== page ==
Are Republican’s Goose Cooked on Healthcare
For the purpose of explaining Calvin Ball in the link below, that is from the now defunct Calvin and Hobbes cartoon strip where Calvin made up all the rules and they changed every time he played the game to please himself and win the game. Something the political right is trying to do now with the current debate on health care reform. Matthew Yglesias has a great piece on this game of legislative Calvin chess over at Think Progress…
Republicans Calling for Super-Supermajority for Health Care
In order to become law, a health care bill needs to secure a majority on the House Ways & Means Committee and also the House Energy & Commerce Committee and also the House Education & Labor Committee and, of course, the full United States House of Representatives. It also needs a majority on the Senate Finance Committee and the Senate Health Education Labor & Pensions Committee. And, of course, it needs a majority in the full United States Senate. Then thanks to the calvinball rules we’ve been playing with for the past 25 years, it actually needs a sixty vote supermajority to pass then Senate. After that, it would be subjected to presidential veto.
That’s a number of legislative hurdles that goes far beyond anything else found in major democracies. Naturally, key Republican Senators have decided that what’s needed is more calvinball. - Think Progress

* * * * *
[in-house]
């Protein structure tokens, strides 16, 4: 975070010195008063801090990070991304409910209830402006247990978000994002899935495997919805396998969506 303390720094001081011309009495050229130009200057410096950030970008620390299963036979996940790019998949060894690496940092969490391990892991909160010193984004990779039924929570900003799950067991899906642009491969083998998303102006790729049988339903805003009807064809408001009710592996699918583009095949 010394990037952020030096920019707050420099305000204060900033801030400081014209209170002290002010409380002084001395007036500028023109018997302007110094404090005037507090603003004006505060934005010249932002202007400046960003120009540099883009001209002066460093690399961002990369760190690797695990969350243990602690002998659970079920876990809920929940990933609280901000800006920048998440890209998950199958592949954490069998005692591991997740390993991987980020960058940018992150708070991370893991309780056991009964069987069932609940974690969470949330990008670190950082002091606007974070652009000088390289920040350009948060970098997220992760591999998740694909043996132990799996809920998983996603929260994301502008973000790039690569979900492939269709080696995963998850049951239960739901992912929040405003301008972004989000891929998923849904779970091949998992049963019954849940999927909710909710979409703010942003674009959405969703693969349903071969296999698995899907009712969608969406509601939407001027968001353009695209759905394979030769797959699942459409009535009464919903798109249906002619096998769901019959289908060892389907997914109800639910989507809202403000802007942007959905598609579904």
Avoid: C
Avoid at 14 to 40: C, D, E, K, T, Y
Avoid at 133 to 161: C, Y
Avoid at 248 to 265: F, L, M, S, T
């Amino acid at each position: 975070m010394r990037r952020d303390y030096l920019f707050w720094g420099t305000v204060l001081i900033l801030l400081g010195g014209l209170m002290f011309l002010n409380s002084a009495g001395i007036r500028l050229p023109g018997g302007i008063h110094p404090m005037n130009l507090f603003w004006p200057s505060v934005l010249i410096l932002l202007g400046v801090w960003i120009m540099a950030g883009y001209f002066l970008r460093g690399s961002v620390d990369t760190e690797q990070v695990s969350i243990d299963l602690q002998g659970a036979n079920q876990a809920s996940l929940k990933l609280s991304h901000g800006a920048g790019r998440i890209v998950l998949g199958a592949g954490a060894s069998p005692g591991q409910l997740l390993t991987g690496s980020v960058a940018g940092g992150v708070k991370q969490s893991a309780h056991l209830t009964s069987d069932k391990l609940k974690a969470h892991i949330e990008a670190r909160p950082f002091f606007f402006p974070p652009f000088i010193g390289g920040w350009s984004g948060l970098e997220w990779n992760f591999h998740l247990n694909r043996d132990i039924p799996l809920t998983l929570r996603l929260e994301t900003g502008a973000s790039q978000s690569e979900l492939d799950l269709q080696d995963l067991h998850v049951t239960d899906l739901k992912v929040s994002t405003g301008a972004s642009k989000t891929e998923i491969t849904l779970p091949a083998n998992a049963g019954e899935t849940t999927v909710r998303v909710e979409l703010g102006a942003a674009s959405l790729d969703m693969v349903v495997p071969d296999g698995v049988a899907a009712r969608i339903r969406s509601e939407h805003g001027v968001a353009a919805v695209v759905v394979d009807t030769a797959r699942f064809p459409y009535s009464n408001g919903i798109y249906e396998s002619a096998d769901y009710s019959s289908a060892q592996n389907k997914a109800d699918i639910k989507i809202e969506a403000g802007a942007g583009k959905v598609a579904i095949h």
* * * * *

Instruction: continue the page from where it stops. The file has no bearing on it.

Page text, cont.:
There is just one thing that all politics comes down to and that is money. Political donations come into political campaigns from every cause imaginable and some of those donations just might influence a candidate, a congressman, a senator, or even a president. The insurance and pharmaceutical industry has their butt cheeks puckering in fear over this health care debate and their check books are wide open to defeat any healthcare reform. Money is no object to throw up in opposition to common sense when it comes to the billions in profits they see every single year.
This debate isn’t entirely about gutting health care as much as it is about tossing the Robber Baron’s out of health care. If competition is the basis of capitalism then the health insurer providers should be able to compete with the government with a public option. Everyone on the political right side of this debate claims that the government is bloated with fat and bureaucracy, which in turn makes one think that the government couldn’t even come close to competing with a private insurer and that nullifies their argument against a public option.
Or we could just do nothing and let the CEO’s of every private health insurance company buy another yacht, another vacation home, or just jet off to some distant land where they will be out of ear shot to hear the screams of millions of Americans without any health care plan other than the emergency room. And for the record, because you didn’t check the box where your mom or dad died from some form of cancer, the procedures you need now to save your life are no longer covered by your HMO. Deal with it!